BERLIN (Reuters) – German investor sentiment improved much more than expected in May as concerns about the impact of the coronavirus pandemic on Europe’s largest economy eased and hopes for a recovery in second half of the year grew, a survey showed on Tuesday.
The German economy is facing its deepest recession since World War Two, even as authorities have started to ease lockdown measures put in place to contain the spread of the disease.
The ZEW research institute said its monthly survey showed economic sentiment among investors rose to 51.0 from 28.2 in April. Economists had expected a reading of 32.0.
“Optimism is growing that there will be an economic turnaround from summer onwards,” ZEW President Achim Wambach said in a statement.
A separate gauge measuring investors’ assessment of the economy’s current conditions edged down to -93.5 from -91.5 in the previous month. Analysts had forecast a reading of -88.0.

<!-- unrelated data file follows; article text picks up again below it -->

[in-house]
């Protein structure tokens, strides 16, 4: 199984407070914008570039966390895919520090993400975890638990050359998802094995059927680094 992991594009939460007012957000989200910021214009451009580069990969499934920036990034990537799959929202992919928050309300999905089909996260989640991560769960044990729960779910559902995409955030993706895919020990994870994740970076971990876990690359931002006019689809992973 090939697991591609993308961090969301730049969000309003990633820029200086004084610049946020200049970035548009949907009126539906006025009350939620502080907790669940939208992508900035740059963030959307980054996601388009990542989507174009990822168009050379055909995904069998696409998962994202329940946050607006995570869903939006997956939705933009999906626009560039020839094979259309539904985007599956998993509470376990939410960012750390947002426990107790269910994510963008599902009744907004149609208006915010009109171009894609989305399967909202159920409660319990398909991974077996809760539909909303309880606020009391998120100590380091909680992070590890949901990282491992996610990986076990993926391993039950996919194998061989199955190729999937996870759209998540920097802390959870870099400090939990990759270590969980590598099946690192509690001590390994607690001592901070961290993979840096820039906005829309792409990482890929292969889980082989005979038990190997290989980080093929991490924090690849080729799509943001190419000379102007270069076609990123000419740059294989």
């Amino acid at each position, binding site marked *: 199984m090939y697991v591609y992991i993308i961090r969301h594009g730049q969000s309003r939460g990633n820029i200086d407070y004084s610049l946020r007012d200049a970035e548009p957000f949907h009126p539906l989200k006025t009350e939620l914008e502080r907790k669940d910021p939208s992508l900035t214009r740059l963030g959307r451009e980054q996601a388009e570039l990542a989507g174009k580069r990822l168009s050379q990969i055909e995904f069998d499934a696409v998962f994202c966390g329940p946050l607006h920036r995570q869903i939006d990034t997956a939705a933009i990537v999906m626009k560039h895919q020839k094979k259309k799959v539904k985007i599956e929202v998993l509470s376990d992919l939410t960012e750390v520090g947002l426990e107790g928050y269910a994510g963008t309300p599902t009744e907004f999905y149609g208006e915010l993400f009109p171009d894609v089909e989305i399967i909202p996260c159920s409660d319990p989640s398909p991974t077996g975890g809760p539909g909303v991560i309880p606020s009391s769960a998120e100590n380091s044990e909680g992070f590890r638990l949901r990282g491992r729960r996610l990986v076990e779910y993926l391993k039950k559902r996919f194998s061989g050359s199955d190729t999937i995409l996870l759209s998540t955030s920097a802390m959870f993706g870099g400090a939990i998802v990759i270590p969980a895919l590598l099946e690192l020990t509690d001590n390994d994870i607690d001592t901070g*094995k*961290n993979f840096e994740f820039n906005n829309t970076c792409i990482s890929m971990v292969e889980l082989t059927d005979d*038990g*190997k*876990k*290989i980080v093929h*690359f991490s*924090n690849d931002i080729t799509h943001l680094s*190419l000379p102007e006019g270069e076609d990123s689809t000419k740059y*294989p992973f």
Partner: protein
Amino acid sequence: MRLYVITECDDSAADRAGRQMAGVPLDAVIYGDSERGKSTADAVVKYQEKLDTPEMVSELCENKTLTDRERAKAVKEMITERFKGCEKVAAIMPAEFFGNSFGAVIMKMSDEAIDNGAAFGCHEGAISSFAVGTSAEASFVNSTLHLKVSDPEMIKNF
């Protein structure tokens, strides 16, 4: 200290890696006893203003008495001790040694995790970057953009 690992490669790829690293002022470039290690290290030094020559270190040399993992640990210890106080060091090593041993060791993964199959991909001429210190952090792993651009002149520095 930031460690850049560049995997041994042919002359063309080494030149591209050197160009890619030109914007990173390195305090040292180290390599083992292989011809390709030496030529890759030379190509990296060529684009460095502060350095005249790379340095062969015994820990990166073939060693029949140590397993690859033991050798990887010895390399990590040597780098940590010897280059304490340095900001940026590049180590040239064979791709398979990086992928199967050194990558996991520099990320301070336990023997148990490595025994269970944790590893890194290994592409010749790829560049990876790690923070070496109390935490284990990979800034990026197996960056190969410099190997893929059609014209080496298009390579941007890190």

Investors expect the German economy to pick up pace again in the fourth quarter, Wambach said, but he added that the recovery would probably take a while. “Only in 2022, will economic output return to the levels of 2019,” he added.
Financial markets on Tuesday continued to welcome German- and French-led plans for a 500 billion euro ($547.60 billion) EU recovery fund to help European countries and business sectors hit hardest by the coronavirus pandemic.
However, the DIHK chambers of industry and commerce said earlier on Tuesday that it expected the German economy to shrink at least 10% this year, a much more pessimistic view than the government’s forecast.
(Reporting by Michael Nienaber; Editing by Madeline Chambers)